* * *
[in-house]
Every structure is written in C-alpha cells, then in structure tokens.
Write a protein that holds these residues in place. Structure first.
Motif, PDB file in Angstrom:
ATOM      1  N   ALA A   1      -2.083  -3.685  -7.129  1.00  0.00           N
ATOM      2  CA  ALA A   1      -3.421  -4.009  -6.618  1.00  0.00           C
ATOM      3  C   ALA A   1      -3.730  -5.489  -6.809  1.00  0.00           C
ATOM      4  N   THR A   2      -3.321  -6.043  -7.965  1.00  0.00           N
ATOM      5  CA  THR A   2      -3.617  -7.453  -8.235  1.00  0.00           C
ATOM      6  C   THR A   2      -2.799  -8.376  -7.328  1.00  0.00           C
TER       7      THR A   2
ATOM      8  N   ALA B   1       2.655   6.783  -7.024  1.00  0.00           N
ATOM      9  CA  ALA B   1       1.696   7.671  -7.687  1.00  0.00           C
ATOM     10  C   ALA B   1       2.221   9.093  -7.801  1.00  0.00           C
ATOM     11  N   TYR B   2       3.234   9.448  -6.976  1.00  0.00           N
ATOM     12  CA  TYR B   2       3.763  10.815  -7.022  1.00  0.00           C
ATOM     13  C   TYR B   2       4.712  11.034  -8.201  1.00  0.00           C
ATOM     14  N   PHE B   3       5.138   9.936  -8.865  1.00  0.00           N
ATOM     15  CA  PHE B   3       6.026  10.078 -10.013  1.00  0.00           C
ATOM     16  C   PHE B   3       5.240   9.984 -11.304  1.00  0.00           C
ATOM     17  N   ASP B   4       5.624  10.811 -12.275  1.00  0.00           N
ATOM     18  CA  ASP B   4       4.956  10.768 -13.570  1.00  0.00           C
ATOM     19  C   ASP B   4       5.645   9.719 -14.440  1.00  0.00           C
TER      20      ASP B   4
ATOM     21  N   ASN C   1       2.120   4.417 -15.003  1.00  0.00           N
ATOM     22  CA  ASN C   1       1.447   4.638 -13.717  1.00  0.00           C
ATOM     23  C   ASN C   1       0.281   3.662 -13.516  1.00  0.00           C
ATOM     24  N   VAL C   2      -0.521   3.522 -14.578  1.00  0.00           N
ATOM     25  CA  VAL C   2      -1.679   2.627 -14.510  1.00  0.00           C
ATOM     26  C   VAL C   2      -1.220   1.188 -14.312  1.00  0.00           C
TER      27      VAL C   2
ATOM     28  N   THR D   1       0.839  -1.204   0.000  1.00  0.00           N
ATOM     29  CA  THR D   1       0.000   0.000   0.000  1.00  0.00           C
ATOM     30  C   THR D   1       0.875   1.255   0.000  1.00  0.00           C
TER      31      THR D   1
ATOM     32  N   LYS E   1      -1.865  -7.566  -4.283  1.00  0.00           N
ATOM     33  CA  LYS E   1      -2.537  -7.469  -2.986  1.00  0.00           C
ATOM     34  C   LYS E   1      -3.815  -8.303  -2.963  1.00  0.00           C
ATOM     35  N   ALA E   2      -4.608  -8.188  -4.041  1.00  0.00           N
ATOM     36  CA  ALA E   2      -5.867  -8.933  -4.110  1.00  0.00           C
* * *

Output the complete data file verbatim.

[in-house]
Every structure is written in C-alpha cells, then in structure tokens.
Write a protein that holds these residues in place. Structure first.
Motif, PDB file in Angstrom:
ATOM      1  N   ALA A   1      -2.083  -3.685  -7.129  1.00  0.00           N
ATOM      2  CA  ALA A   1      -3.421  -4.009  -6.618  1.00  0.00           C
ATOM      3  C   ALA A   1      -3.730  -5.489  -6.809  1.00  0.00           C
ATOM      4  N   THR A   2      -3.321  -6.043  -7.965  1.00  0.00           N
ATOM      5  CA  THR A   2      -3.617  -7.453  -8.235  1.00  0.00           C
ATOM      6  C   THR A   2      -2.799  -8.376  -7.328  1.00  0.00           C
TER       7      THR A   2
ATOM      8  N   ALA B   1       2.655   6.783  -7.024  1.00  0.00           N
ATOM      9  CA  ALA B   1       1.696   7.671  -7.687  1.00  0.00           C
ATOM     10  C   ALA B   1       2.221   9.093  -7.801  1.00  0.00           C
ATOM     11  N   TYR B   2       3.234   9.448  -6.976  1.00  0.00           N
ATOM     12  CA  TYR B   2       3.763  10.815  -7.022  1.00  0.00           C
ATOM     13  C   TYR B   2       4.712  11.034  -8.201  1.00  0.00           C
ATOM     14  N   PHE B   3       5.138   9.936  -8.865  1.00  0.00           N
ATOM     15  CA  PHE B   3       6.026  10.078 -10.013  1.00  0.00           C
ATOM     16  C   PHE B   3       5.240   9.984 -11.304  1.00  0.00           C
ATOM     17  N   ASP B   4       5.624  10.811 -12.275  1.00  0.00           N
ATOM     18  CA  ASP B   4       4.956  10.768 -13.570  1.00  0.00           C
ATOM     19  C   ASP B   4       5.645   9.719 -14.440  1.00  0.00           C
TER      20      ASP B   4
ATOM     21  N   ASN C   1       2.120   4.417 -15.003  1.00  0.00           N
ATOM     22  CA  ASN C   1       1.447   4.638 -13.717  1.00  0.00           C
ATOM     23  C   ASN C   1       0.281   3.662 -13.516  1.00  0.00           C
ATOM     24  N   VAL C   2      -0.521   3.522 -14.578  1.00  0.00           N
ATOM     25  CA  VAL C   2      -1.679   2.627 -14.510  1.00  0.00           C
ATOM     26  C   VAL C   2      -1.220   1.188 -14.312  1.00  0.00           C
TER      27      VAL C   2
ATOM     28  N   THR D   1       0.839  -1.204   0.000  1.00  0.00           N
ATOM     29  CA  THR D   1       0.000   0.000   0.000  1.00  0.00           C
ATOM     30  C   THR D   1       0.875   1.255   0.000  1.00  0.00           C
TER      31      THR D   1
ATOM     32  N   LYS E   1      -1.865  -7.566  -4.283  1.00  0.00           N
ATOM     33  CA  LYS E   1      -2.537  -7.469  -2.986  1.00  0.00           C
ATOM     34  C   LYS E   1      -3.815  -8.303  -2.963  1.00  0.00           C
ATOM     35  N   ALA E   2      -4.608  -8.188  -4.041  1.00  0.00           N
ATOM     36  CA  ALA E   2      -5.867  -8.933  -4.110  1.00  0.00           C